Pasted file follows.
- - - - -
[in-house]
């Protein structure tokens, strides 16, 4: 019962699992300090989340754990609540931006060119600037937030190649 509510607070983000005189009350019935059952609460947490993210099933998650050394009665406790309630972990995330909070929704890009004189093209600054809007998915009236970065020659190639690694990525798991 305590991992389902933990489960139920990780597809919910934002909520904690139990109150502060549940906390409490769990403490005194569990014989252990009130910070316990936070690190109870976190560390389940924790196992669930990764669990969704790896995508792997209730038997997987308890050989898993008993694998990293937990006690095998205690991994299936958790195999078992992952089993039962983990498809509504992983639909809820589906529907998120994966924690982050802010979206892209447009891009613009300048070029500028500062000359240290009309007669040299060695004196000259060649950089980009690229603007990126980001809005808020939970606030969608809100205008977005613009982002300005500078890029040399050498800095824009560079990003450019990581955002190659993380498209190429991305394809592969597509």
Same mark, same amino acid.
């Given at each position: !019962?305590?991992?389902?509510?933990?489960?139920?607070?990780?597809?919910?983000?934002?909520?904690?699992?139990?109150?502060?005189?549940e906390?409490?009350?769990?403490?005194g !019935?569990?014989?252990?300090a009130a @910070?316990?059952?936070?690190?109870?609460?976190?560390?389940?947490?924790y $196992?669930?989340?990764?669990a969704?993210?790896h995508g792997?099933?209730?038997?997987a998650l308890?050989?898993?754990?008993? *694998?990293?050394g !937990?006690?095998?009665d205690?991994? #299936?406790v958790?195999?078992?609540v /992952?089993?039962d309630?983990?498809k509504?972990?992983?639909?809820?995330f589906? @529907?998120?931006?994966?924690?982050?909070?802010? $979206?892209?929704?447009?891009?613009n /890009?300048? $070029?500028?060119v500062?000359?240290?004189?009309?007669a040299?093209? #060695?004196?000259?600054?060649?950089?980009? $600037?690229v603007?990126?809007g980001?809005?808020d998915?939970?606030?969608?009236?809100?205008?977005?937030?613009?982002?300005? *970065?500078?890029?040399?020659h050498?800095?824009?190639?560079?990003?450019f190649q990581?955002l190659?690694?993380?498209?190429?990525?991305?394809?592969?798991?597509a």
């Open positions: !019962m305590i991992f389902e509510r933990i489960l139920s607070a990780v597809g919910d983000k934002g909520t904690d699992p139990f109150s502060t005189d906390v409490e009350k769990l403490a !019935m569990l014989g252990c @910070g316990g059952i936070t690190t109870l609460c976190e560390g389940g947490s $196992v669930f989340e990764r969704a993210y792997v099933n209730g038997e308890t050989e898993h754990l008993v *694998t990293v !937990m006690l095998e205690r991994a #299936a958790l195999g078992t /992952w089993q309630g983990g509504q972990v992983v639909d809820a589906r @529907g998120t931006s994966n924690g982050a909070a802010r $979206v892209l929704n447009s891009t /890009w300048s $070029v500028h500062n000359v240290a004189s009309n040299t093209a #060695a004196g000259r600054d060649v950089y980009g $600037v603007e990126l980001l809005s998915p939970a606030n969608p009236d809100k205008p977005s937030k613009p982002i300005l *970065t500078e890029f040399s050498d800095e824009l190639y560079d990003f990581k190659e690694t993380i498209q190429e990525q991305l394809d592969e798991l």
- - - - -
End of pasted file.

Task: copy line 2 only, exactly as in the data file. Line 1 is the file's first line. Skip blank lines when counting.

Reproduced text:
């Protein structure tokens, strides 16, 4: 019962699992300090989340754990609540931006060119600037937030190649 509510607070983000005189009350019935059952609460947490993210099933998650050394009665406790309630972990995330909070929704890009004189093209600054809007998915009236970065020659190639690694990525798991 305590991992389902933990489960139920990780597809919910934002909520904690139990109150502060549940906390409490769990403490005194569990014989252990009130910070316990936070690190109870976190560390389940924790196992669930990764669990969704790896995508792997209730038997997987308890050989898993008993694998990293937990006690095998205690991994299936958790195999078992992952089993039962983990498809509504992983639909809820589906529907998120994966924690982050802010979206892209447009891009613009300048070029500028500062000359240290009309007669040299060695004196000259060649950089980009690229603007990126980001809005808020939970606030969608809100205008977005613009982002300005500078890029040399050498800095824009560079990003450019990581955002190659993380498209190429991305394809592969597509």